Is writing Therapeutic?

Therapy is expensive.  This post highlights ways in which writing can help over-come emotions that are difficult to process. Writing is one way in which we can help ourselves heal after difficult events in our lives.

What is writing therapy?

It’s expressive writing often used to treat bereavement, abuse, desertion, substance abuse and many other types of emotional trauma.  It was developed by James W Pennebaker in the 1980’s.  The idea is that writing triggers a part of the brain, not triggered by traditional verbal therapy (Psychology Today Magazine). The link is psychology today.com

Why is it therapeutic?

Some people find it liberating to write about traumatic experiences.  It can be a tool for venting emotions–clinicians often use it as a tool to help their clients. Some people find it liberating because it helps them put pieces of their lives together.  It works with inner and outer conflict. For many centuries poets have been writing about their painful experiences through expressive writing: Goodtherapy.com

Sharing stories with others that have similar experiences is beneficial both to the writer and the reader.  Research shows that writing about painful experiences benefits the immune system, especially those with HIV, asthma, and arthritis.

… Yes, you heard it right, writing benefits the immune system. Even writing about positive experiences can benefit physical health.  Research is still pending on who benefits the most according to American Psychological Association.

What should I write?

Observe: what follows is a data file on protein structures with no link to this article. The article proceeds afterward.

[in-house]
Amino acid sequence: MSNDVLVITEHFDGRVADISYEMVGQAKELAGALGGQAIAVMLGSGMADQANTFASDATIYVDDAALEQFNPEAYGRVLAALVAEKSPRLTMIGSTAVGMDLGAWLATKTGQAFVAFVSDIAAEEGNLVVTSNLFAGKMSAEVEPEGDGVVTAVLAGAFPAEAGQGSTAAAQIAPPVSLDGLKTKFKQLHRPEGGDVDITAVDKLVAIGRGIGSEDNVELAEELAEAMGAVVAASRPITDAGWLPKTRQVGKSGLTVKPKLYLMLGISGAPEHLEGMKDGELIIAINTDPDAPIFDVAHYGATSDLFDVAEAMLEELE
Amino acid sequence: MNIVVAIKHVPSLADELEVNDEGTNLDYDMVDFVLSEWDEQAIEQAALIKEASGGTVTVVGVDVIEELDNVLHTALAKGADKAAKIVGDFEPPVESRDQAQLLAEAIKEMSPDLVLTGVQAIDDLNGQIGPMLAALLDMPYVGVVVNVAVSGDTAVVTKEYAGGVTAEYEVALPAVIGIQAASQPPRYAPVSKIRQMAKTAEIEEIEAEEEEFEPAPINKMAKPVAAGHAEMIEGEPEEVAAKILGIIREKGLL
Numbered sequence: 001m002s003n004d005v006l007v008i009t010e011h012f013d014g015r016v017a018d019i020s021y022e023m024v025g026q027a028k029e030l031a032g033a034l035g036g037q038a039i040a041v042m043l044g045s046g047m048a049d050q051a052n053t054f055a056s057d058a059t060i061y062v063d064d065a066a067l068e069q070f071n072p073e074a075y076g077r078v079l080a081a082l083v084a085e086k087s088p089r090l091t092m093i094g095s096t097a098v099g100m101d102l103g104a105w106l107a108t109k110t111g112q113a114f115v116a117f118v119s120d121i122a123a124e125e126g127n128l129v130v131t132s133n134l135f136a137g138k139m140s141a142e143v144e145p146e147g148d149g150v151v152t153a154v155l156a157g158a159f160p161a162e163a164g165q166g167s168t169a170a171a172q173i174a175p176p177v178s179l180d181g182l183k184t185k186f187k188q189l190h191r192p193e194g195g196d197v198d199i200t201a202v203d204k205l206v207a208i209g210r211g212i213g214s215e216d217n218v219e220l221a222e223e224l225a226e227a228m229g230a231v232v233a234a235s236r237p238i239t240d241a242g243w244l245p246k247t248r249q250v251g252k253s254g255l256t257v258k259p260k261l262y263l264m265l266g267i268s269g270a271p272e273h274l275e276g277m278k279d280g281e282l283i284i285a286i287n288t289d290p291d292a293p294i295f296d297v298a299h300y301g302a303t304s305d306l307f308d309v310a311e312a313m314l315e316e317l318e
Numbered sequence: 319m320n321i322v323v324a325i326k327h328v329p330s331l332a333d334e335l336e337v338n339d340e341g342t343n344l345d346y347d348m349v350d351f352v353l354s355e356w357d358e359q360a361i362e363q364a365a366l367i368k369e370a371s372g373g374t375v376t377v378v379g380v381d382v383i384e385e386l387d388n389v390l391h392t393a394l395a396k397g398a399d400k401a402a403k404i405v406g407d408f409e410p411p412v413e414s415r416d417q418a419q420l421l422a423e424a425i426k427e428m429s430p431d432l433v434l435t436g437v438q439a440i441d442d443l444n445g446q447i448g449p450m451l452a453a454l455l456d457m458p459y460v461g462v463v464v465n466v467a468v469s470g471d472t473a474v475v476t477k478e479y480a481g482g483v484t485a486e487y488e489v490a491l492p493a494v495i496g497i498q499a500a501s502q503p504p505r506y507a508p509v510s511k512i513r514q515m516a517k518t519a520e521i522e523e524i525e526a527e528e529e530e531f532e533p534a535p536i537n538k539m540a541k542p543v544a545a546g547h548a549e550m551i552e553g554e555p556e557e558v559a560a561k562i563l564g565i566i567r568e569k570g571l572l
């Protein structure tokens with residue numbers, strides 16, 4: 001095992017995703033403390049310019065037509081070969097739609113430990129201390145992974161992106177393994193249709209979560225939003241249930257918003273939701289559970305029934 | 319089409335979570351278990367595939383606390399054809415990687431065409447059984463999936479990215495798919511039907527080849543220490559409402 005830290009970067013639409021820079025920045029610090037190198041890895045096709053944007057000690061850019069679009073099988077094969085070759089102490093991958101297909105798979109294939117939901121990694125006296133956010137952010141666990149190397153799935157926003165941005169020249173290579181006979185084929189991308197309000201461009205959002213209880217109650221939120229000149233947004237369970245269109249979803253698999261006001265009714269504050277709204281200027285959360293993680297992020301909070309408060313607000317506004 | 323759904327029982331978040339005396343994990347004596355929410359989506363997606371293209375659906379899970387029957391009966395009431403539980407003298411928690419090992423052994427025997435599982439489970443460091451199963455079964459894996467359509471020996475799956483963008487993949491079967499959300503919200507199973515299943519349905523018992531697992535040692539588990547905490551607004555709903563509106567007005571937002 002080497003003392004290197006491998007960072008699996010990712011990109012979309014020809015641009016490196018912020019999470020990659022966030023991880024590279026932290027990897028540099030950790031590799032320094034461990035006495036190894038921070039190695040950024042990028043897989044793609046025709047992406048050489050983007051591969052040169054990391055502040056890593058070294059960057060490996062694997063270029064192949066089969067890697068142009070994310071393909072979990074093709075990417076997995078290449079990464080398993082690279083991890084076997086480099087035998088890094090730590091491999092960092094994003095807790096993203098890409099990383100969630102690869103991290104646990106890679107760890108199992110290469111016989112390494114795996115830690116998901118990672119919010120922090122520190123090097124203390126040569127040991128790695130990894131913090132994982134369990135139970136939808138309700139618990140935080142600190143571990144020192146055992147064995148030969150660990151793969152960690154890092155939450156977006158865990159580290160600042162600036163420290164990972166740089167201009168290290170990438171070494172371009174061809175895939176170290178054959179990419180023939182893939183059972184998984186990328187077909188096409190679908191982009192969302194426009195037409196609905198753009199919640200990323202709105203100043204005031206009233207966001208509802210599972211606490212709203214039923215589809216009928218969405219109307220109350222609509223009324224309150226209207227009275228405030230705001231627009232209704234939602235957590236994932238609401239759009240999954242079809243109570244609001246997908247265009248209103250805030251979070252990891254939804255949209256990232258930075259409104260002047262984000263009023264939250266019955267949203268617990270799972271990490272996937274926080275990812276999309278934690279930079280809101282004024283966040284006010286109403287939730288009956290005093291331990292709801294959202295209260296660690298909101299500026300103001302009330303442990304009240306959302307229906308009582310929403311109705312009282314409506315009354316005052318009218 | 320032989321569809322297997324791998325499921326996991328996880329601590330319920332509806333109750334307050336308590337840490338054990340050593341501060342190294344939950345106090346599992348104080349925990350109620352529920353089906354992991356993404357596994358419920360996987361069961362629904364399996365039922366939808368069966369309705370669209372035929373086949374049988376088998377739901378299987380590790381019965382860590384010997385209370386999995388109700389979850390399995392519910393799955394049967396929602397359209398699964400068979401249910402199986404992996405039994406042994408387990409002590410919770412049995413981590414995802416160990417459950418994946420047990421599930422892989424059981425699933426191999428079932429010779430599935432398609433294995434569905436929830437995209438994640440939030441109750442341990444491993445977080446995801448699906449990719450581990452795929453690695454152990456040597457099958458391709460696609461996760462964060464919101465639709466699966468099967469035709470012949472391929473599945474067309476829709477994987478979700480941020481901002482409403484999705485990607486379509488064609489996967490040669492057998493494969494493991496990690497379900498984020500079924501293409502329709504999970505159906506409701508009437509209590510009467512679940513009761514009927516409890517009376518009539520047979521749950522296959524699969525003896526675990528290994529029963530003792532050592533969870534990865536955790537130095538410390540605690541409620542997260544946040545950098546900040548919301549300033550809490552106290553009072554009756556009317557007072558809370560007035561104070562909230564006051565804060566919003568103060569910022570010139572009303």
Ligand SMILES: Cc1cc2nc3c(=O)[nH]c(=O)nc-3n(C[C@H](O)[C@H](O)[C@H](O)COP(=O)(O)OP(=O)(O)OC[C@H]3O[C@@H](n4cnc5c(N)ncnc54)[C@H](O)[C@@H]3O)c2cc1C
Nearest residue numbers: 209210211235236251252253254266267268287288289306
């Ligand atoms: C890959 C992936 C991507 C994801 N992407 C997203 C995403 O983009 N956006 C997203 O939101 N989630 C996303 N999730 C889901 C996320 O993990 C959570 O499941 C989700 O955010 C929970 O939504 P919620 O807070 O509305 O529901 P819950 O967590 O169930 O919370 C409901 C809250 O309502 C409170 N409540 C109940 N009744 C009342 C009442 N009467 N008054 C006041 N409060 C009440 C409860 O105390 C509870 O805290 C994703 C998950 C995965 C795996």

Accounts of childhood memories such as abuse are very common, if shared they communicate with others with similar experiences.  I mentioned the sharing of stories–Humans connect through stories. You don’t have to share to benefit though.

Journal writing is a great way to write down some of your challenges, and concerns about life.  Some people have written autobiographies–You don’t have to be famous to do this one. I started writing, by playing with poetry.  This happened when I was going through something very bad–something I had no control over. Over the past ten years, I have taken it seriously, and continue to study the craft.

One great way to approach the task is something called ‘free writing.’ You set a timer and don’t stop until time is up.  Don’t throw out what you write.  Tuck it away somewhere where you can pull it out later. Others write letters to people and then tear them up.

The main point here is that writing benefits your immune system and your overall health and maybe even happiness.

Keep Writing!

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